6 June 2023

Good Shepherd Primary kids show their attitude of gratitude to thank ACT first responders

| Travis Radford
Start the conversation
thank you cards made by primary school children

Good Shepherd Primary School’s K – 6 students came together to write and draw thank you cards to commemorate Thank a First Responder Day (7 June). Photo: Good Shepherd Primary School.

If you’re a firefighter, paramedic, police officer or other first responder in Canberra, you may soon find a card from one of Good Shepherd Primary School’s more than 700 students in your work mailbox.

The Amaroo Catholic school is the first school to participate in Thank a First Responder Day (7 June), a national day created to remind people to say ‘thank you’ to first responders for their selfless work.

“Thank you for risking your lives to help others,” one student wrote on one of the almost 700 postcard-sized cards which will be given out to ACT police, fire and ambulance stations on Wednesday.

“We are inspired to be much better people because of you. At one point, you even helped me recover from a broken arm! Thank you for everything!”

Good Shepherd primary cards.

Social, emotional and well-being teacher Shannon Malone-Brierley says the youngest children had the biggest messages. Photo: Good Shepherd Primary School.

Social, emotional and well-being teacher Shannon Malone-Brierley visited every class from kindergarten through year six over a few weeks to speak with the students about first responders’ work.

“I think the big [messages] came from the really little kids,” she says. “They were able to acknowledge that these are big jobs, and they almost looked at these first responders as superheroes.”

Ms Malone-Brierley says the idea to run the activity with the students originated with a parent who works for the not-for-profit running Thank a First Responder Day, Fortem Australia.

“We just thought it was a really good opportunity to actually have a teachable moment with the children around gratitude and the importance of gratitude,” she says.

“The big thing we know is that when children express gratitude, they can focus on the positive parts of their lives, which help them, in turn, want to make a difference.

“We have this wonderful population of people who do these really important jobs and have had a really hard time with COVID, and it was a good opportunity to stop and say thank you.”

Fortem and the Rapid Relief Team have organised a dozen free barbecue lunches across Australia to do just that, including one at Majura Police Complex in Canberra.

Good Shepherd primary cards

The thank you cards will be handed out to ACT police, fire and ambulance stations on Wednesday, 7 June, to mark Thank a First Responder Day. Photo: Good Shepherd Primary School.

The Governor-General and Linda Hurley will also host a special private event at Canberra’s Government House building on Wednesday evening.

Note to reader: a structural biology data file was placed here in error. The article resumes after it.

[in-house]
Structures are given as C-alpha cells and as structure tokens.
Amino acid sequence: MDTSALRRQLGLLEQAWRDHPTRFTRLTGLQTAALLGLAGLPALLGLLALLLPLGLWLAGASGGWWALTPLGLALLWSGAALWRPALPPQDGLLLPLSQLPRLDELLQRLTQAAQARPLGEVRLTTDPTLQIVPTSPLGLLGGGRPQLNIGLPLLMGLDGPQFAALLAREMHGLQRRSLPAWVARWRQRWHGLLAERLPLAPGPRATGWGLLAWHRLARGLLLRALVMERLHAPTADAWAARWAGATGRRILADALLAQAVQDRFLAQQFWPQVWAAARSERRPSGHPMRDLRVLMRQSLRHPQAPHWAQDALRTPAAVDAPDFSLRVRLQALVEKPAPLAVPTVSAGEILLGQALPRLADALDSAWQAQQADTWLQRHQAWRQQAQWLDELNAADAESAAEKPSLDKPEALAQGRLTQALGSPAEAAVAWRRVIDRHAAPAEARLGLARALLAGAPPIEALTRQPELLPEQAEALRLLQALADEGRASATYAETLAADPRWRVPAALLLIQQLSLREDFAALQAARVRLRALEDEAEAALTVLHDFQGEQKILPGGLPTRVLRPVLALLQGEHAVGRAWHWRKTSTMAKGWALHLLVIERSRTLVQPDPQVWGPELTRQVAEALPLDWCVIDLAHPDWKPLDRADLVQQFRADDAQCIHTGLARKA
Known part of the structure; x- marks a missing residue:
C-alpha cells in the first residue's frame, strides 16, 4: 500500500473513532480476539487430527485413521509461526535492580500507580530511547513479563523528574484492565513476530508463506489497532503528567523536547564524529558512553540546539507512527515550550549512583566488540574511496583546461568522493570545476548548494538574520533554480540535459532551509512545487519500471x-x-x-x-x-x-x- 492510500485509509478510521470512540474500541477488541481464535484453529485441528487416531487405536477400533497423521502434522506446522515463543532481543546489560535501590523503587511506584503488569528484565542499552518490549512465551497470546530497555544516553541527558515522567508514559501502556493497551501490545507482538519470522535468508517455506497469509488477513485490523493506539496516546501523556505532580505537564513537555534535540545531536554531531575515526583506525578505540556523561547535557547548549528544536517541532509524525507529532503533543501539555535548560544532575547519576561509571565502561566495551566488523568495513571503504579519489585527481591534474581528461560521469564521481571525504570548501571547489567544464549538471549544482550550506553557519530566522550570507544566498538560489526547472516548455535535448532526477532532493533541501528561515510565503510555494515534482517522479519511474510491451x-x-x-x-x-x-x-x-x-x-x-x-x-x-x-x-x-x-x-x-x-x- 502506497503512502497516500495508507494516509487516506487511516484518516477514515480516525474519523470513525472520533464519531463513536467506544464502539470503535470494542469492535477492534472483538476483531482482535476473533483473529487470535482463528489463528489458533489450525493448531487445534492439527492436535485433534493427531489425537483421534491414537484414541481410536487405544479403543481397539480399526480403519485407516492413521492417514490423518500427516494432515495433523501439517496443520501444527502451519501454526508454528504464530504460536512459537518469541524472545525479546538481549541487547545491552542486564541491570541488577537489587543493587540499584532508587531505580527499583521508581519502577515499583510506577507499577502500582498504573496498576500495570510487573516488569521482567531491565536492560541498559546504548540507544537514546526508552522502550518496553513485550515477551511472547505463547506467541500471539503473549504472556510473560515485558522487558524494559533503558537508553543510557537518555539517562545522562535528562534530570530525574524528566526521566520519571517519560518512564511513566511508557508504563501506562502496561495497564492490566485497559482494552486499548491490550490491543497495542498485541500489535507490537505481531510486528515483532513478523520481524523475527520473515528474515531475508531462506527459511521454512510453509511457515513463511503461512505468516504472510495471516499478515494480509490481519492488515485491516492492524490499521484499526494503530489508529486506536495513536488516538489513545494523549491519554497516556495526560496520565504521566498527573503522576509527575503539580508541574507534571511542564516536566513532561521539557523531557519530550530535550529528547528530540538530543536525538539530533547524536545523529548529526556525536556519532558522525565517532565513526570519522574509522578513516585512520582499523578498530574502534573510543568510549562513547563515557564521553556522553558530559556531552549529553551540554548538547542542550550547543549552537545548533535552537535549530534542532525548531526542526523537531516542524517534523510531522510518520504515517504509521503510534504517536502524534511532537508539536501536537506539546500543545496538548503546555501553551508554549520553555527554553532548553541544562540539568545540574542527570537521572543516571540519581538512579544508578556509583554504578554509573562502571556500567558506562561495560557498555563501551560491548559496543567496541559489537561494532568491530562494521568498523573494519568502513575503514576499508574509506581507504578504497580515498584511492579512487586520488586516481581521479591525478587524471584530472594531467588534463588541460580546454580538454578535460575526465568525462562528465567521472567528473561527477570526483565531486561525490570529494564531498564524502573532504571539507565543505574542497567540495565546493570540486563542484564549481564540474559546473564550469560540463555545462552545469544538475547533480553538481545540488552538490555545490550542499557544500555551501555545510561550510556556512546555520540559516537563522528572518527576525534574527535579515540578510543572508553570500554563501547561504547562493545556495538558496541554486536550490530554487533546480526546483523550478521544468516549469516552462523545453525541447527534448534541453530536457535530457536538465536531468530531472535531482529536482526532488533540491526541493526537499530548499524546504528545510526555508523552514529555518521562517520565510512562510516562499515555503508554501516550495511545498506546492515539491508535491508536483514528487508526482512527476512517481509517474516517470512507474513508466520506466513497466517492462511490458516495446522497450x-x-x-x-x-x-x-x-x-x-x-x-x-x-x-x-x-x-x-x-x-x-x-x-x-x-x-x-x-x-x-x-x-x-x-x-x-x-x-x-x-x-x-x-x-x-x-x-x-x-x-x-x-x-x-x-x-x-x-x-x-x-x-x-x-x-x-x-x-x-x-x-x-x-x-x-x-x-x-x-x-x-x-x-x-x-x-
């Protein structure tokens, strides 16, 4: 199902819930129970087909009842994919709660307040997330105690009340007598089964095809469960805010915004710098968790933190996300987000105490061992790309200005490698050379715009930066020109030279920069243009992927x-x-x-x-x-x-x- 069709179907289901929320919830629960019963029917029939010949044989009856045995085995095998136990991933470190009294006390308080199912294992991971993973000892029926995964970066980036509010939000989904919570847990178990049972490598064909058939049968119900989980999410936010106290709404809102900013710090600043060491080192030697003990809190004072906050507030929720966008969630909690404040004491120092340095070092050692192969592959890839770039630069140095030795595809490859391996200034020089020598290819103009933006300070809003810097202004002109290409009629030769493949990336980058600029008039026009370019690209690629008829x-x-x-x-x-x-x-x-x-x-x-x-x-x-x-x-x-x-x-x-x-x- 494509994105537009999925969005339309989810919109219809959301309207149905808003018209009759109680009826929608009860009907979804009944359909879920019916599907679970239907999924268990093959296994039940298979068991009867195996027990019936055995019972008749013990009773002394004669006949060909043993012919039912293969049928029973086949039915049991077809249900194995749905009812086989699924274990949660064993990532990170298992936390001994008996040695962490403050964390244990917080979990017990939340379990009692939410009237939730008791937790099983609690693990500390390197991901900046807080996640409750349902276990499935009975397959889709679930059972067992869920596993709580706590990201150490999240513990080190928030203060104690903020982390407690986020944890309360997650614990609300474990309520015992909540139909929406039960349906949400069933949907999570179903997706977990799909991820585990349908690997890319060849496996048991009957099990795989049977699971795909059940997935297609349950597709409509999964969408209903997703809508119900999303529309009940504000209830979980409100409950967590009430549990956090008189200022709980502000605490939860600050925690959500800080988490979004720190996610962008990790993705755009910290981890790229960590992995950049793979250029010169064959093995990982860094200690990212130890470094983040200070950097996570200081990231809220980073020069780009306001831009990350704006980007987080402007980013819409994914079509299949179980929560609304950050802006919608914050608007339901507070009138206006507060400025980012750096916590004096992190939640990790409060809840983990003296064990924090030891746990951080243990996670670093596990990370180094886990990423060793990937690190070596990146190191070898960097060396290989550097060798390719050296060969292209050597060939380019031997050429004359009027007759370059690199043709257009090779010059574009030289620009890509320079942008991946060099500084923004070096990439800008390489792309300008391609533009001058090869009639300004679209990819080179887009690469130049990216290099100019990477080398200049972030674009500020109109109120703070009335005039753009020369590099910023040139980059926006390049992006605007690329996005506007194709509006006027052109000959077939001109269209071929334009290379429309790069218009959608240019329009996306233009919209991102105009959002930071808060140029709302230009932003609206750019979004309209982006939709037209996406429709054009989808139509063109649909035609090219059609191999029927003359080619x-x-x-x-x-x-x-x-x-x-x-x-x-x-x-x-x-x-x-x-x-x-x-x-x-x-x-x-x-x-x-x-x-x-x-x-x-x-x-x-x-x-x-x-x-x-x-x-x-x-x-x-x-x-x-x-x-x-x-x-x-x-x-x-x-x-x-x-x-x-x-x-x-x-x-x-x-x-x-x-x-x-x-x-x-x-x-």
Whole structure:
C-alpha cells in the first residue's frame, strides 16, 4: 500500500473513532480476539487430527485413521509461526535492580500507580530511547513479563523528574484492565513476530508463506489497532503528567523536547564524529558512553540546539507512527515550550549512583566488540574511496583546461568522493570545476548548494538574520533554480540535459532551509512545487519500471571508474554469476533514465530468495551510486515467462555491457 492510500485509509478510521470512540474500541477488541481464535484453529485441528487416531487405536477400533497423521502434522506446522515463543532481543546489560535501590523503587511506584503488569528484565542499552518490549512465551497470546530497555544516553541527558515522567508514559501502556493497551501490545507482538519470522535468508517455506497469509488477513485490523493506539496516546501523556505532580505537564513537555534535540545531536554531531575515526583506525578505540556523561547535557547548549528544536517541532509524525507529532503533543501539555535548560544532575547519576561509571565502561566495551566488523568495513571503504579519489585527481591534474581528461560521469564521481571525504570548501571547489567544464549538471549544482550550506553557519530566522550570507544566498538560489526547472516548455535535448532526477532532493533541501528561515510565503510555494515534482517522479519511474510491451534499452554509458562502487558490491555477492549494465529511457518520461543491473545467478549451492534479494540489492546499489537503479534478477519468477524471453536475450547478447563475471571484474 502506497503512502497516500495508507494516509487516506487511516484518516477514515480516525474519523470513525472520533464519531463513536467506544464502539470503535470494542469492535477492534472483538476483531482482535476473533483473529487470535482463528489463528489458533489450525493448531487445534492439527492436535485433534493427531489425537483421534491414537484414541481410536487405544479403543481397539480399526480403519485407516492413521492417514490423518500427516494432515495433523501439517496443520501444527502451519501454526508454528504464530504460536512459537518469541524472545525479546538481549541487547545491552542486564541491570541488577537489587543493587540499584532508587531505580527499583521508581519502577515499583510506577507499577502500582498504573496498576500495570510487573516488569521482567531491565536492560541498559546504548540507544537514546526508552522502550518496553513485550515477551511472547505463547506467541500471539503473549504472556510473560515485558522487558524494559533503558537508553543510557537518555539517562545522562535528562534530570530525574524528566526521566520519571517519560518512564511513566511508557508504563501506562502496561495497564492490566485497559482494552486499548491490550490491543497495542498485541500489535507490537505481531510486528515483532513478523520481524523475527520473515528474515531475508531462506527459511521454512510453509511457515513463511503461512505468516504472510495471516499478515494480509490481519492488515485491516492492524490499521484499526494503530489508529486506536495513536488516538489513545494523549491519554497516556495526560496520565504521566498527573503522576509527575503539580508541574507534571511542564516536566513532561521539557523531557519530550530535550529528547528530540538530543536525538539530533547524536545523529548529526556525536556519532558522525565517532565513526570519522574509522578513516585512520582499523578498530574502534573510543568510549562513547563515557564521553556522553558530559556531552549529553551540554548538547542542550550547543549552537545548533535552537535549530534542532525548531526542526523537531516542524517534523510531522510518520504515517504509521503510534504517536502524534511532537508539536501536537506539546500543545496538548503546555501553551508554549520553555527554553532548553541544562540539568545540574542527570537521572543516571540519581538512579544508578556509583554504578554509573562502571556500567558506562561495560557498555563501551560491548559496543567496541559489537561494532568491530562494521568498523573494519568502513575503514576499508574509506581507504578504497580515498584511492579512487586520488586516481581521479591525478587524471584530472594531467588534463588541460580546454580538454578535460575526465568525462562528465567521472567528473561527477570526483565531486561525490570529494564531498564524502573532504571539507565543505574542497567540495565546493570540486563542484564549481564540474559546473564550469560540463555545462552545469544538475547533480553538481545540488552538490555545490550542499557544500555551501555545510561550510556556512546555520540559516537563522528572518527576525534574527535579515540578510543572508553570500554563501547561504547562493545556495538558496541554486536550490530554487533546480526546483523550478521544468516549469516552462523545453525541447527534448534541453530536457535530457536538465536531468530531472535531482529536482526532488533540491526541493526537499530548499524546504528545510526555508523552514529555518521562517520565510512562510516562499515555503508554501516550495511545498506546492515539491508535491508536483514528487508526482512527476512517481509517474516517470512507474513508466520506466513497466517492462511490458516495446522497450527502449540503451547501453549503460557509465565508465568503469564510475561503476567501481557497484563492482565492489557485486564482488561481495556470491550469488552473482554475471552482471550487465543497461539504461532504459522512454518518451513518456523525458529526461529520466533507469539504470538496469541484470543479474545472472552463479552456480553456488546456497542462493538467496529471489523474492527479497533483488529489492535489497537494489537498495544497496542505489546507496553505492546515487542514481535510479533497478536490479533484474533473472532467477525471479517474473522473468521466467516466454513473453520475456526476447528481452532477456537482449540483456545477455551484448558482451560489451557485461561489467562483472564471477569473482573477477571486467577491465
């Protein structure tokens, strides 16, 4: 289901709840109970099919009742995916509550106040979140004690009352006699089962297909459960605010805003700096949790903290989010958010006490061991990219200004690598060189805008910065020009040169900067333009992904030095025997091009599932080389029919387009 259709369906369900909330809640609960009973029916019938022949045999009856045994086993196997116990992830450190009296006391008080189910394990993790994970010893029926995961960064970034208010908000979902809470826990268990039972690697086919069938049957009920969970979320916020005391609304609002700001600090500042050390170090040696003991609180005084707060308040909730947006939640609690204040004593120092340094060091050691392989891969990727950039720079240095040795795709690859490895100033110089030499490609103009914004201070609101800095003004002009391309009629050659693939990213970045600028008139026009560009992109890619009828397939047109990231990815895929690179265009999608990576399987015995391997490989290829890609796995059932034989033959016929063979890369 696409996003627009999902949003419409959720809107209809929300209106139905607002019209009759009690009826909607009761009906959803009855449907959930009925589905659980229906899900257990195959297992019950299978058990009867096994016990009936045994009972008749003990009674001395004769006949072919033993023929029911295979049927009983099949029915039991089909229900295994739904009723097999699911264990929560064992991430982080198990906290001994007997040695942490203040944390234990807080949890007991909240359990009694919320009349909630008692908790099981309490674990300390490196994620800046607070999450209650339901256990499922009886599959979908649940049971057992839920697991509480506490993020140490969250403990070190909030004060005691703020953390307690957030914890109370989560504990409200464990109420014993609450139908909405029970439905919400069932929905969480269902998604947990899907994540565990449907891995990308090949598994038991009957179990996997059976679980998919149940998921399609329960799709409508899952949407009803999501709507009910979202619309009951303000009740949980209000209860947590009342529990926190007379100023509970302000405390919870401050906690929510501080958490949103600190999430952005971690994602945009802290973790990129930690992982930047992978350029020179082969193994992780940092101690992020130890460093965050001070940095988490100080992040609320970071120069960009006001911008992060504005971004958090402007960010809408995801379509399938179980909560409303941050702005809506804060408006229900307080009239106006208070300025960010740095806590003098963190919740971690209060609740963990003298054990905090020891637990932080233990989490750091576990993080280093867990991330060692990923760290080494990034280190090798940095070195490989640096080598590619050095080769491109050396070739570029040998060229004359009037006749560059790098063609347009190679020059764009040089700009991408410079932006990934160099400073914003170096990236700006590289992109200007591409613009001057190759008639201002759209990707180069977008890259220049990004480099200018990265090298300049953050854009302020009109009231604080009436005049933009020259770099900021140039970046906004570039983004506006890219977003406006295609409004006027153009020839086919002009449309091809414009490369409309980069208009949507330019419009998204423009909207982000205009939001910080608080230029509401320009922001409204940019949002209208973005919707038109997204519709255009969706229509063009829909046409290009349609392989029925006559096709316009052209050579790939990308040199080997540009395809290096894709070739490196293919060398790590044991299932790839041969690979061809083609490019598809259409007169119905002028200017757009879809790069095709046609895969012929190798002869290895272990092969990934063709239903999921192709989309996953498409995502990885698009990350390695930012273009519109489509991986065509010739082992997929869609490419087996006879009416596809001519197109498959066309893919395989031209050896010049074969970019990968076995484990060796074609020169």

Among the thousands of Australians the day is all about is Commander Guy Cassis, who has worked for ACT Fire & Rescue for more than 20 years.

“Many of us enter this career because we do want to help. We’re not doing it to seek accolade or anything,” he says.

“We would rather go about our job, help people and see a good outcome and if we can facilitate that, then that’s where we get our satisfaction from.

“Sometimes it can be very small, and sometimes we might never achieve it because as a fire service … despite our best efforts, sometimes nature still wins.”

READ ALSO Passion for animals – and changing the world – leads Lauren Brown to top job

He says one of the most enjoyable ‘small’ moments of his time as a firefighter has been running fire education workshops with kindergarten students.

“Kids being kids, they’re wonderful, and some of them will have questions and others will have stories, and they’re always humorous,” he says.

“You can think you might have covered all the bases, but then the next thing you know, they’ll come up with a complex scenario.

“So, you just have to try and reassure them that we will be there to help them if anything serious goes wrong.”

Commander Cassis now works behind the scenes in ACT Fire & Rescue headquarters but continues to serve the Canberra community by guiding the next generation of recruits.

He says his advice is to be open-minded and embrace teamwork so they can give their best for the community, “and I think all of my colleagues do that”.

READ ALSO Ten years after Hayley was homeless at 13, the government is asking her for advice

Fortem says people can get involved by saying thanks on social media, using the hashtags #ThankAFirstResponder, #PowerOfThanks or #TAFRD so the posts show up in Fortem’s ‘gratitude gallery’ on their website, or by writing a letter, poem or a card to local first responders. Any donations to Fortem made until midnight of 7 June will also be matched up to $150,000 by the sponsor, the Howarth Foundation.

All donations to Fortem go towards the not-for-profit organisation’s provision of specialised well-being and mental health support to first responders and their families.

To learn more about Thank a First Responder Day, donate or access free resources, visit the Thank a First Responder Day website.

Start the conversation

Daily Digest

Want the best Canberra news delivered daily? Every day we package the most popular Riotact stories and send them straight to your inbox. Sign-up now for trusted local news that will never be behind a paywall.

By submitting your email address you are agreeing to Region Group's terms and conditions and privacy policy.